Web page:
Monday, November 9, 2015

Harry Potter Invitations

Depending on the size of your guest list, invitations can get expensive real quick or be overly time-consuming to create yourself.  Here are some things to consider when planning invitations:
What kind of budget do you have?
It's important to have an idea of how much money you want to spend on invites before you even begin.

How large is the guest list?
Our school had a policy that you could not send invites to school for just a few kids out of the class.  You must invite all the girls, all the boys, or the entire class.  Since our kids were close to both girls and boys, we decided to invite the whole class.  That meant roughly 50 invites between the two kid's classrooms.  I wanted to keep the invitations at less than $1.00 per kid, so that really narrowed my options.  If you only have 8 kids on your list, you might be able to do something more extravagant.
Are you hand-delivering the invitations or mailing the invites?
I found an awesome idea for owl balloon invitations (see photo to the right), but they would require hand-delivery.  Since we planned to pass our invites out at school, I decided against balloons.  There are several tutorials floating around (who says I'm no good with puns?) if you want to learn how to draw and color cute little owls on white, helium filled balloons.  Then you roll your invitation letter, like a scroll, tie it on, and leave it on the doorstep. (Actually, I would tie it onto the doorknob so it doesn't blow away).  If you aren't into drawing, here's an Etsy seller who has a printable owl template for sale.
Here's another adorable handmade option I found, which is perhaps more time-consuming, but a lot easier to pass out in class or send via mail.  One creative mom made 10 of these cute felt owls to give out with her son's invites (picture at left).  I'm so impressed by her creativity!  I might have even attempted something similar, if I hadn't had 50 invites to make. 

Don't forget though, if you are mailing anything three-dimensional, it will require special packaging and additional postage.  You also can't mail letters that have a wax seal on the back.  Check with your local post office ahead of time, to see what their restrictions are or if they have any suggestions.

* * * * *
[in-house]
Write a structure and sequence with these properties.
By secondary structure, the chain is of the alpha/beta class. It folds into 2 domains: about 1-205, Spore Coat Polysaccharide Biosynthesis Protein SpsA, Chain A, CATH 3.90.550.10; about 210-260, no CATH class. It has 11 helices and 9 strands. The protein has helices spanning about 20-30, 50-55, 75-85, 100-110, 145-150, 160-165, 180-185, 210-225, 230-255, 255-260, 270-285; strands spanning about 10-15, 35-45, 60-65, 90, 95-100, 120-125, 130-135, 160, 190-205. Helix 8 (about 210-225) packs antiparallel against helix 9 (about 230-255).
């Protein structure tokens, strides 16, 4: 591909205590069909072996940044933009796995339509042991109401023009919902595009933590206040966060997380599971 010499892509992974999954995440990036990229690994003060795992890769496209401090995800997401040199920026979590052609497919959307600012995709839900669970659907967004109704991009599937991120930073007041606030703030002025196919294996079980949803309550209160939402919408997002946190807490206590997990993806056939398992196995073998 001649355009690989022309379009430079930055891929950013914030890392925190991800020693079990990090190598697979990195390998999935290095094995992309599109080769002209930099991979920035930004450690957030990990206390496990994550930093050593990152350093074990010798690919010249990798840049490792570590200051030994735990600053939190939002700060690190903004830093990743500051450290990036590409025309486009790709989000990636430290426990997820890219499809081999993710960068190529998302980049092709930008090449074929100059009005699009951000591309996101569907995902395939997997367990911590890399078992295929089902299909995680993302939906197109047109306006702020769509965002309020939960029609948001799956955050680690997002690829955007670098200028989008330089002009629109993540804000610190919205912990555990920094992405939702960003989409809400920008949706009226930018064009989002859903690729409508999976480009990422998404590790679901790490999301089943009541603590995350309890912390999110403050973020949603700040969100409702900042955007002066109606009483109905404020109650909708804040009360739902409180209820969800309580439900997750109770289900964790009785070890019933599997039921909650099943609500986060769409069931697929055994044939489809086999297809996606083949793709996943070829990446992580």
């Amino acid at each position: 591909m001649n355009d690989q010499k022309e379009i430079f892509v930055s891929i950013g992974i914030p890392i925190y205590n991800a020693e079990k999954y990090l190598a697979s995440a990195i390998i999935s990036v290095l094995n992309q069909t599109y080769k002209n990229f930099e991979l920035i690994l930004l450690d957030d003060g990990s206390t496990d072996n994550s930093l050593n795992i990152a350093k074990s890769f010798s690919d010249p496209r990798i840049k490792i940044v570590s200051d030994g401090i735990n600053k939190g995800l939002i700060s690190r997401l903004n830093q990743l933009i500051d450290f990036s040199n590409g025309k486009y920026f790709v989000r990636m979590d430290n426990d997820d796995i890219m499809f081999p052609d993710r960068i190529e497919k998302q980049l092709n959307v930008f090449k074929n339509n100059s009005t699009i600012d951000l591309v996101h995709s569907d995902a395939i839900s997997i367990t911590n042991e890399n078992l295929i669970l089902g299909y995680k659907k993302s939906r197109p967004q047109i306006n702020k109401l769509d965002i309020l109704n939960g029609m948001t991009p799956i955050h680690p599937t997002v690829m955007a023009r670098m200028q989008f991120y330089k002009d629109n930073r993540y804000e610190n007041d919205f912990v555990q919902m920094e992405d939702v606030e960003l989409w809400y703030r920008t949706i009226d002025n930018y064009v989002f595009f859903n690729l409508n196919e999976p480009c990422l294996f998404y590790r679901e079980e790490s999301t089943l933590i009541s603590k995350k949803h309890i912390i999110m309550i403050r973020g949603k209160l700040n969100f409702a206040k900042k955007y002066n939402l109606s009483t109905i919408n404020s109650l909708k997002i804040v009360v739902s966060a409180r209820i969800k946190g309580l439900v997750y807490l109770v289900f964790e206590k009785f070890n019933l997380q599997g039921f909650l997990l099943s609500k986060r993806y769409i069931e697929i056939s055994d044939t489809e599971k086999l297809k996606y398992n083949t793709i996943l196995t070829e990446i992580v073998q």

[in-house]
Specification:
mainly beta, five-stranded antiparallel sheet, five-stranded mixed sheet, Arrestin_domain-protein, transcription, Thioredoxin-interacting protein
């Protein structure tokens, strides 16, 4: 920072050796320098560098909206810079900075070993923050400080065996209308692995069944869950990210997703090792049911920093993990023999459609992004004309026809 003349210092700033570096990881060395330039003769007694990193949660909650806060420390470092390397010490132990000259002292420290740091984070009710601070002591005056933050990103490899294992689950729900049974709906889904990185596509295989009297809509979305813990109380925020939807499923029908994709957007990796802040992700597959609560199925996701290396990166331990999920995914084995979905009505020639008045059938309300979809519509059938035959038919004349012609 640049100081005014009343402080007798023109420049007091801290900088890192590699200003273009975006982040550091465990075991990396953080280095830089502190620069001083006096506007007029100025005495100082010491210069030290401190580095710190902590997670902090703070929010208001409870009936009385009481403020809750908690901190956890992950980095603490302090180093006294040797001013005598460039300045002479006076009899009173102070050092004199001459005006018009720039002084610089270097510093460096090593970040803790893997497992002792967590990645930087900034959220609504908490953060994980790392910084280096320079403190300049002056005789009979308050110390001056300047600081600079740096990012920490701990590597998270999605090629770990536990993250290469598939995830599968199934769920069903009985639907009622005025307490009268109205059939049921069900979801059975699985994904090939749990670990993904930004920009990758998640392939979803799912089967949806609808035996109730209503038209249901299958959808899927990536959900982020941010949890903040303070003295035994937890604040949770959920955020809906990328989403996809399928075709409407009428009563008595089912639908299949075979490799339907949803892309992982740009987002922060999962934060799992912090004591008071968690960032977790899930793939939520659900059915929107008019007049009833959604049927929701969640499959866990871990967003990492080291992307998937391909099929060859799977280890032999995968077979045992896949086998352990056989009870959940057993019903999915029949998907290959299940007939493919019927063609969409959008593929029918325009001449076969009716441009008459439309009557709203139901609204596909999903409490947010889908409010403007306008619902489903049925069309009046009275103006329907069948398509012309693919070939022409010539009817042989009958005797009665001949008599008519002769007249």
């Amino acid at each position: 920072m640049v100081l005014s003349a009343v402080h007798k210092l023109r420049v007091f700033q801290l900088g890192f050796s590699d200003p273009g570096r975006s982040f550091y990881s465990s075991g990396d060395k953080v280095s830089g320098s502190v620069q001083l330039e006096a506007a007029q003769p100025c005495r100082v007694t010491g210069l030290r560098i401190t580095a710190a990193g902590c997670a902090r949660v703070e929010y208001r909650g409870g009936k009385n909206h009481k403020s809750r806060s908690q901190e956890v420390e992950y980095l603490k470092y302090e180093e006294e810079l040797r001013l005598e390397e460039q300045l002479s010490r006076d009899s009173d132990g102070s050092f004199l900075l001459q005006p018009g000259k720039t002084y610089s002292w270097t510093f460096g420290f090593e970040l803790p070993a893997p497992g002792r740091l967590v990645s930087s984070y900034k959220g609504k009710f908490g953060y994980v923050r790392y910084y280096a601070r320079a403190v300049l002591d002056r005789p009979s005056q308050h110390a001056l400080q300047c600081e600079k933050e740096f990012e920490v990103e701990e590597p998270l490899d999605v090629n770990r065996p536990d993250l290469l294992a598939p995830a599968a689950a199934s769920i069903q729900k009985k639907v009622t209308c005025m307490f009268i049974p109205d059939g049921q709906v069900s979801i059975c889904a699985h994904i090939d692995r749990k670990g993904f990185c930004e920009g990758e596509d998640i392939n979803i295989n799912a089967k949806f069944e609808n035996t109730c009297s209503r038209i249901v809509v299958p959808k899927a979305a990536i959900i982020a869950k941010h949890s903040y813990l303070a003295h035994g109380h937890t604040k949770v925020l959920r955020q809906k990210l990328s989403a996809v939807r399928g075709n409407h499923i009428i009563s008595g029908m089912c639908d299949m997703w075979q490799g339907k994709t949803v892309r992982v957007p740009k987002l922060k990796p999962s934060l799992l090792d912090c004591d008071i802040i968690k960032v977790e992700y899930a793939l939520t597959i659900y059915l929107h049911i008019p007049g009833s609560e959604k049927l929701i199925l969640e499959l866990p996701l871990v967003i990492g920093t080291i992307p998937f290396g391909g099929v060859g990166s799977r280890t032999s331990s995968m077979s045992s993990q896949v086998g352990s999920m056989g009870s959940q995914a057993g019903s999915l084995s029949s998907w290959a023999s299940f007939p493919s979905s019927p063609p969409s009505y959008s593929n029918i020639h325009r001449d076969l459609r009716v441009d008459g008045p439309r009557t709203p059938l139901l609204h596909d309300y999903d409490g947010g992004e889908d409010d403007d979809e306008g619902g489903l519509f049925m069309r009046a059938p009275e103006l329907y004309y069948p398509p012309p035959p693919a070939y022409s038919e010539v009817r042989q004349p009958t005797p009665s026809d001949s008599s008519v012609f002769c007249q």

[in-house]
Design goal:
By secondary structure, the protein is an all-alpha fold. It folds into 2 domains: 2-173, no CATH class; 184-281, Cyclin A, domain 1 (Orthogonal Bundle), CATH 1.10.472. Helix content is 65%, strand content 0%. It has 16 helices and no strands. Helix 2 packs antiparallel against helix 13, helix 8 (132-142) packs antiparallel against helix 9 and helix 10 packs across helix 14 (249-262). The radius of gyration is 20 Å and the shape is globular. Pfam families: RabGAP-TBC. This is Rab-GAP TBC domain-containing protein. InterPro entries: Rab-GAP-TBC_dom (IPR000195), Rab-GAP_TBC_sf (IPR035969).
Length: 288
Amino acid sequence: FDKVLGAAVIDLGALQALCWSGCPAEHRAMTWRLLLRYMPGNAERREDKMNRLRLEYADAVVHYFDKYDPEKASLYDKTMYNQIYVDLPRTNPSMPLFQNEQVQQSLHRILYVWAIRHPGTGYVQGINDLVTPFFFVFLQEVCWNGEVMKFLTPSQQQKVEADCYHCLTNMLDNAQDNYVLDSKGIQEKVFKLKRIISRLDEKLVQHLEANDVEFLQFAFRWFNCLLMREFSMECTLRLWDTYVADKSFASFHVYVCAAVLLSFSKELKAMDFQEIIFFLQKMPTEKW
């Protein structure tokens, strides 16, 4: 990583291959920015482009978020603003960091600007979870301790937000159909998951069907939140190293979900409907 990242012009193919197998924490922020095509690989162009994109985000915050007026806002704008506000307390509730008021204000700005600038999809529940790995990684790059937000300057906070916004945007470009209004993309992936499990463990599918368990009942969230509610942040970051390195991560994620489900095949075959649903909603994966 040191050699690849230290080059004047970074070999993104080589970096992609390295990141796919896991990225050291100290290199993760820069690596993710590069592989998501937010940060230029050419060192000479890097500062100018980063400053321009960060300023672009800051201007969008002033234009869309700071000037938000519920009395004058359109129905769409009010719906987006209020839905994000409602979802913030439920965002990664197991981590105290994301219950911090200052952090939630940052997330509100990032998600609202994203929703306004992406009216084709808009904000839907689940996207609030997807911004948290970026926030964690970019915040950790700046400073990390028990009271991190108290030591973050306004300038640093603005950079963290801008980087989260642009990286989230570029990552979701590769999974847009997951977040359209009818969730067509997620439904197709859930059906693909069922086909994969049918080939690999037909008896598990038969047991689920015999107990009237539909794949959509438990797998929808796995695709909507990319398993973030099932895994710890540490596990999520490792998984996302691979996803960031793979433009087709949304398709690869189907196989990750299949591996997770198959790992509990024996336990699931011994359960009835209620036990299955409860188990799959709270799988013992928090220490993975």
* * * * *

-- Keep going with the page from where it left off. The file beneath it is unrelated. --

Do-It-Yourself vs. Purchased?
If you are looking for ideas, simply type the words "Harry Potter Invites" into Etsy, and you'll get a plethora of options from which to choose.  Since I needed at least 50, that put the majority of options out of my price range.  I have Microsoft Publisher on my computer, so I decided to make them myself.  I found a few invites I really liked, selected my favorite, and tried to recreate it.  I modeled my invite after one similar to this "Hogwarts Acceptance Letter," which I printed on parchment style paper, and I ended up skipping the owls.

Other ideas of items to include in the invite instead of an owl might be:
  • Tuck a feather into the envelope, such as a large white bird's feather
  • Add a real wax seal, or stickers that look like a wax seal, to close the back of the envelope
  • Include a code word, required to enter the party, written in lemon juice, which can be revealed by heating the paper, like with a hair dryer
  • Include a short personality quiz, for guests to fill out and bring to the party, to help sort them into the appropriate house
  • Some "gold coins" from Gringott's bank, for students to buy their school supplies when they arrive at Diagon Alley, or the key that's required for them to enter their bank vault.
  • Their ticket to board the Hogwart's Express (at Platform 9 3/4 of course).
Here are a few other invites I really like. You can click on the first two images to visit their blogs, where you'll find downloadable templates and complete instructions.  The owl post pillow box is available for purchase on Etsy.

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